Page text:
In what some might describe as a bold move, top newspapers from countries such as Denmark and Sweden have developed a plan to get reliable news into Russian readers’ hands, after stringent new laws gutted independent reporting. With the aid of translating services, Nordic newspaper leaders are trying to keep their readers informed about what’s going on in Russia. They say they plan on doing this by printing articles and transcripts into Russian so that people have access to news in their native Russian tongue and therefore, can gain perspective on what would otherwise be limited by their own government. Read more on specifics related to the efforts being made to distribute Nordic news in Russian.

According to Ostep Slyvynsky, Ukraine’s history is a tumultuous one and this must be reflected in the translation process. Since gaining their independence from Moscow over ten years ago they have had plenty of instances where distortion by foreign powers took place. Accurate translations will help readers form opinions on whether they should invest time into learning more about the current crisis.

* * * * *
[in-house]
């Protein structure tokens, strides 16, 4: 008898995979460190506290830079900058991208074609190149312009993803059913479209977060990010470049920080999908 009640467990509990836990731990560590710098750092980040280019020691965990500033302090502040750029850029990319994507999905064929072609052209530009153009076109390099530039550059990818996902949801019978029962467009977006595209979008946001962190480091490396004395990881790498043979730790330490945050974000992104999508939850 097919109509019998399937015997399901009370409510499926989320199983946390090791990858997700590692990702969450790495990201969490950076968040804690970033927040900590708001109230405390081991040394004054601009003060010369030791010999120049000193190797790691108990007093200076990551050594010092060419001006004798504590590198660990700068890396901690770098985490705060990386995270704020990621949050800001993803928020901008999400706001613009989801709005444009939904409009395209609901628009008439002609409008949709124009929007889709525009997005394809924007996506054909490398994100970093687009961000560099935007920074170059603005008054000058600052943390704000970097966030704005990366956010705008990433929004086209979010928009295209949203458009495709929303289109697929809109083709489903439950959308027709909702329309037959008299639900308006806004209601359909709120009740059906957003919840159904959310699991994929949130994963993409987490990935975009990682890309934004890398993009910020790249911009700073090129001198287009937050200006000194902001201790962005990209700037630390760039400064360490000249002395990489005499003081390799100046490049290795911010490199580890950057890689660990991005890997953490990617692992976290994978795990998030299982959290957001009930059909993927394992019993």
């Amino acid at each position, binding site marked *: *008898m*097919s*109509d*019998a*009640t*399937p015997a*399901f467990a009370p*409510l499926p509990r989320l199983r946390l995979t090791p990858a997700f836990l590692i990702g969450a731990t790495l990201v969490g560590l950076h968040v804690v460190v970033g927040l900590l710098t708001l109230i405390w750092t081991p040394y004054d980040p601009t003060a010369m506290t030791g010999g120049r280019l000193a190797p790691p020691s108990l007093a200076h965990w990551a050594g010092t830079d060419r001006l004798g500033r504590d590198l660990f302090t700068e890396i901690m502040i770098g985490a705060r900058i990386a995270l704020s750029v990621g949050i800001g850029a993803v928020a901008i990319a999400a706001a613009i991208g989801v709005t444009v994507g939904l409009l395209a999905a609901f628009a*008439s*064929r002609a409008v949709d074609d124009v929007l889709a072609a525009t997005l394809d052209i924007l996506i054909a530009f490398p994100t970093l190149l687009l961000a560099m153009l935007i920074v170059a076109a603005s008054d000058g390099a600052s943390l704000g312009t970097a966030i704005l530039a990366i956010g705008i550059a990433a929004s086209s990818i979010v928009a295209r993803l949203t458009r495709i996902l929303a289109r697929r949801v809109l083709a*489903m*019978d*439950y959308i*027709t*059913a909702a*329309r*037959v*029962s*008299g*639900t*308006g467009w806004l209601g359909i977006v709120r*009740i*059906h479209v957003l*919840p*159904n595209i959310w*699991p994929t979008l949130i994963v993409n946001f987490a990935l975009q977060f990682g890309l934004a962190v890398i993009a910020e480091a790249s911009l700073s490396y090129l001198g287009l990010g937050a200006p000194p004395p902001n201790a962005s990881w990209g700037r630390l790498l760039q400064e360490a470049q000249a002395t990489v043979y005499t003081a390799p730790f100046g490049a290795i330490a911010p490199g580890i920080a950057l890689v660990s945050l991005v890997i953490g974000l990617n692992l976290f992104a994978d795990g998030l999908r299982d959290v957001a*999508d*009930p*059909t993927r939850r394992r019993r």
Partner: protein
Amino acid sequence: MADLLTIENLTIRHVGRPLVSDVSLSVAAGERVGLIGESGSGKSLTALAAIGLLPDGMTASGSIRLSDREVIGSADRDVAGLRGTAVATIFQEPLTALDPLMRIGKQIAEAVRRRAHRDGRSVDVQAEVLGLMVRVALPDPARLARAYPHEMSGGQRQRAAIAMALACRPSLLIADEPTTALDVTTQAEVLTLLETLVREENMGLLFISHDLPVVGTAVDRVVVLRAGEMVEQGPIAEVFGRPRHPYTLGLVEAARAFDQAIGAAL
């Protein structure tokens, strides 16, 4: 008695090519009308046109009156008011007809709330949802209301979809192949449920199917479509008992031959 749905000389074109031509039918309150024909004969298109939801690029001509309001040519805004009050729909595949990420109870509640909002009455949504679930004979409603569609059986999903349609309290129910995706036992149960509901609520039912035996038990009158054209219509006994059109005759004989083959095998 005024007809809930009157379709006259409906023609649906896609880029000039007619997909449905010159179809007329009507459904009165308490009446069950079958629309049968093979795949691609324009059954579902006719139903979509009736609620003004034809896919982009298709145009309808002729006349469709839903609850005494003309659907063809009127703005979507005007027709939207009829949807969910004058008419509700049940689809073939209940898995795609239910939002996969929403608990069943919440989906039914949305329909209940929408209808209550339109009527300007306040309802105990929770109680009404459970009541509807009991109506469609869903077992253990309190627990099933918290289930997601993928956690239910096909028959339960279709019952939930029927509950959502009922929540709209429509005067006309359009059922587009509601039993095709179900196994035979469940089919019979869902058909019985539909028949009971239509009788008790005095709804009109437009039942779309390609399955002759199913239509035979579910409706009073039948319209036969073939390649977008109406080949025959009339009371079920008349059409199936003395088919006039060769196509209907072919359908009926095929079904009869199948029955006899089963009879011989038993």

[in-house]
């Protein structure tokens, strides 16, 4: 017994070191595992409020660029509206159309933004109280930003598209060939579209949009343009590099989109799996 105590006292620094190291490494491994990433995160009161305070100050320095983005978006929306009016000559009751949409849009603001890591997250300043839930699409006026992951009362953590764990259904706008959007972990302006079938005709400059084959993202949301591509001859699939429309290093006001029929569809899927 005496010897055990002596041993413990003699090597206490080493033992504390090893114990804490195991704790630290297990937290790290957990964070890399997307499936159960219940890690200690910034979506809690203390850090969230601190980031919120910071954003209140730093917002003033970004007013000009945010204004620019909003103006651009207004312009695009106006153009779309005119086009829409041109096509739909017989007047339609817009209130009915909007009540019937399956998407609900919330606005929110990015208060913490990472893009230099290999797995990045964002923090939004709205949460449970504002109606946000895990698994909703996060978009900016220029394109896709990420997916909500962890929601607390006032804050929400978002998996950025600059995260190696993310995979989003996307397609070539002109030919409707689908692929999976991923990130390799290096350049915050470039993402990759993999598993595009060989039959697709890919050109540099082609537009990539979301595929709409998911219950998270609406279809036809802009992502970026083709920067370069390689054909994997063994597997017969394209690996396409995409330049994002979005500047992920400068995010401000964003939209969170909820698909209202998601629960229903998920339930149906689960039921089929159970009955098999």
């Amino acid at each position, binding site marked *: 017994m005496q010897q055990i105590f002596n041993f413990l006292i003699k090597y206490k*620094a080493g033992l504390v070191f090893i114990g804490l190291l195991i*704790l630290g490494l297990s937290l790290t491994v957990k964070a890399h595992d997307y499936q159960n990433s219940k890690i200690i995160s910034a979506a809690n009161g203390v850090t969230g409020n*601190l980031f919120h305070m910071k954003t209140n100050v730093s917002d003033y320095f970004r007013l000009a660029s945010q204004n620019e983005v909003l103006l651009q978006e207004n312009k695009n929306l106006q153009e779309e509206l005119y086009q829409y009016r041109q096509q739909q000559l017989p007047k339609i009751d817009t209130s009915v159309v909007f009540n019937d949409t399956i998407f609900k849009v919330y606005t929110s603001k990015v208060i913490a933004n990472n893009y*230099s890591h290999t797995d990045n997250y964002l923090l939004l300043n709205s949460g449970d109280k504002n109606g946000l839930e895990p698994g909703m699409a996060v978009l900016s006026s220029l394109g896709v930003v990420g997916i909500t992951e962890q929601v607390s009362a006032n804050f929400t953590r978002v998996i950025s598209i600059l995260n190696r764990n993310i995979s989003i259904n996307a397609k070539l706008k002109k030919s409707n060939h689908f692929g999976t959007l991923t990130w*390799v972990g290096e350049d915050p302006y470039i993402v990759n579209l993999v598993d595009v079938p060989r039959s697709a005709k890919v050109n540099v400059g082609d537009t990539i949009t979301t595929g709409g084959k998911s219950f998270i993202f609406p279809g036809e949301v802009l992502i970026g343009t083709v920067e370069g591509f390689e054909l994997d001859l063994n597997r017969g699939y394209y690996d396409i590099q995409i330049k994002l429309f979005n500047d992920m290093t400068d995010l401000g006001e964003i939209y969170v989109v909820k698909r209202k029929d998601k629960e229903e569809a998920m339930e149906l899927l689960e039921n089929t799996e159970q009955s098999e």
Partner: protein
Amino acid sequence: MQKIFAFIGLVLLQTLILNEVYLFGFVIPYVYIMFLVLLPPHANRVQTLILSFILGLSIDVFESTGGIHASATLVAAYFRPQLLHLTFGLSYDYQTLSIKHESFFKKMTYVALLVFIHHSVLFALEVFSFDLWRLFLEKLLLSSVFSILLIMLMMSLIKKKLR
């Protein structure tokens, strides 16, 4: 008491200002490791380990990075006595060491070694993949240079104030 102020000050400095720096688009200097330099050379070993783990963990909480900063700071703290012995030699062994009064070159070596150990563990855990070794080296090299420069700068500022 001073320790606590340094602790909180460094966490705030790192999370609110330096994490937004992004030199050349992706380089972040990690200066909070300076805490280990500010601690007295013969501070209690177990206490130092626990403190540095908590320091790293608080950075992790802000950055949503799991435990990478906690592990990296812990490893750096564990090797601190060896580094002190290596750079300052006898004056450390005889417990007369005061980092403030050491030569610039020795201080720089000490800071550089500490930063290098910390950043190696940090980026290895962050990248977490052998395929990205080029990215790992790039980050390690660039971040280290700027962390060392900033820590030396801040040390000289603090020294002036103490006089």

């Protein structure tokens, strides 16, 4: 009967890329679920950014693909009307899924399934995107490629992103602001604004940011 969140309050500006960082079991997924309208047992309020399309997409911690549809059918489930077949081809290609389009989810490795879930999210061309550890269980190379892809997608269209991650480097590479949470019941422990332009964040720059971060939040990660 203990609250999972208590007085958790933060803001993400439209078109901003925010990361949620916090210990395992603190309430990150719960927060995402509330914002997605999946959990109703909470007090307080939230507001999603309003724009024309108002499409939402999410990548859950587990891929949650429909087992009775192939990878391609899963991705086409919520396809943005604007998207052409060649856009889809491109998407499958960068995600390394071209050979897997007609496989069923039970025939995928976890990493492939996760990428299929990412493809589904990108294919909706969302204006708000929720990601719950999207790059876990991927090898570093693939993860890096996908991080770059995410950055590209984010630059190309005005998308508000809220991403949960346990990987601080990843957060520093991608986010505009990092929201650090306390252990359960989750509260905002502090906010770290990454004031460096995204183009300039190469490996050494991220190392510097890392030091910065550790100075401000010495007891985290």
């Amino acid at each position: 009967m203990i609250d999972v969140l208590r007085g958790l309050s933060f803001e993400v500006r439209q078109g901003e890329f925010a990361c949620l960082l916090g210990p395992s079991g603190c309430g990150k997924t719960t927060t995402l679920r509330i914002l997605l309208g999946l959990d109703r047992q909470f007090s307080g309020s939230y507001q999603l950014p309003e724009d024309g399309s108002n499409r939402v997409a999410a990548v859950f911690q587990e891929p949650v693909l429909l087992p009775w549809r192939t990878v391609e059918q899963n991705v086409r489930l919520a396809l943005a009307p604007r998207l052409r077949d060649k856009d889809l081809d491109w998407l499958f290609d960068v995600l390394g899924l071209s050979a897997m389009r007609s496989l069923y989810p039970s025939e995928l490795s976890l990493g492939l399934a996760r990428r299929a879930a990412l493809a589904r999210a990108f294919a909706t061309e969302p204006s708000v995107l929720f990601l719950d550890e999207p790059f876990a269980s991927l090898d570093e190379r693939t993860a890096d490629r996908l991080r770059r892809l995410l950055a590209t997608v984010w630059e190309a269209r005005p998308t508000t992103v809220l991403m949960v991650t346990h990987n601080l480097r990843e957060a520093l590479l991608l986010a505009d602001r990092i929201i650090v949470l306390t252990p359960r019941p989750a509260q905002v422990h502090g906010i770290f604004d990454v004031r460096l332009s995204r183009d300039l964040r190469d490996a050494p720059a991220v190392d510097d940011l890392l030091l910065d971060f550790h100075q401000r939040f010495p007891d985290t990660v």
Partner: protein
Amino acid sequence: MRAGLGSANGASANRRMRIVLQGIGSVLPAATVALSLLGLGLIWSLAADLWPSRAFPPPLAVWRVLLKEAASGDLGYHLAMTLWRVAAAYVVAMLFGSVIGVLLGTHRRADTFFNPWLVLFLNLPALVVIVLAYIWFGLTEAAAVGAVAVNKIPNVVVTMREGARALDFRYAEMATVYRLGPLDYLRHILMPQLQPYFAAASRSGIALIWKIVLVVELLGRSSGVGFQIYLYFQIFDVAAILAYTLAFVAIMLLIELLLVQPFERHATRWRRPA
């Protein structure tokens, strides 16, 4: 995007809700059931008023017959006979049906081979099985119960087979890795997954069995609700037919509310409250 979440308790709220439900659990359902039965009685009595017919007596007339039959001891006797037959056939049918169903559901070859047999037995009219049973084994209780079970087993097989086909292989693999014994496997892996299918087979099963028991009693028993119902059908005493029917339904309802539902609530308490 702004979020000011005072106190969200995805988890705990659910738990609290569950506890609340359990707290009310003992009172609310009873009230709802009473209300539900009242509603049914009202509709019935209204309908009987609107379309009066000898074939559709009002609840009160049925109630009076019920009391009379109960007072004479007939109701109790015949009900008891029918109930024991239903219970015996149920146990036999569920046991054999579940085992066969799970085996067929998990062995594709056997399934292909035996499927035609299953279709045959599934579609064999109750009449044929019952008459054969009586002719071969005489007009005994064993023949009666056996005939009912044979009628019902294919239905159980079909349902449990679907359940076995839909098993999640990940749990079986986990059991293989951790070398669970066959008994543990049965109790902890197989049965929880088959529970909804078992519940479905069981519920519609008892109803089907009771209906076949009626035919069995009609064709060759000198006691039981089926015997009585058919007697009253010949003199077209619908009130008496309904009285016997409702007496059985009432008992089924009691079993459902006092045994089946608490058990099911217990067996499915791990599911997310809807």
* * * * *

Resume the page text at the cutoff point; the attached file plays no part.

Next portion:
On Twitter, an account called War in Translation has become a repository for English-language versions of street graffiti, videos, poetry and social media posts. It was created shortly after the invasion by Noah Sneider, an American journalist who covered Russia’s earlier military campaigns in Ukraine, and realized there was an appetite among English speakers for posts that reflected the reality of war. Within a couple of weeks, around 50 volunteer translators had joined the project.

In an effort to help bridge the gap between languages and cultures during the crisis in Ukraine, Gotham Lab will be providing English, Russian and Ukrainian language pair translations free or charge for the month of March. Contact us today to learn more, or to become a part of our team.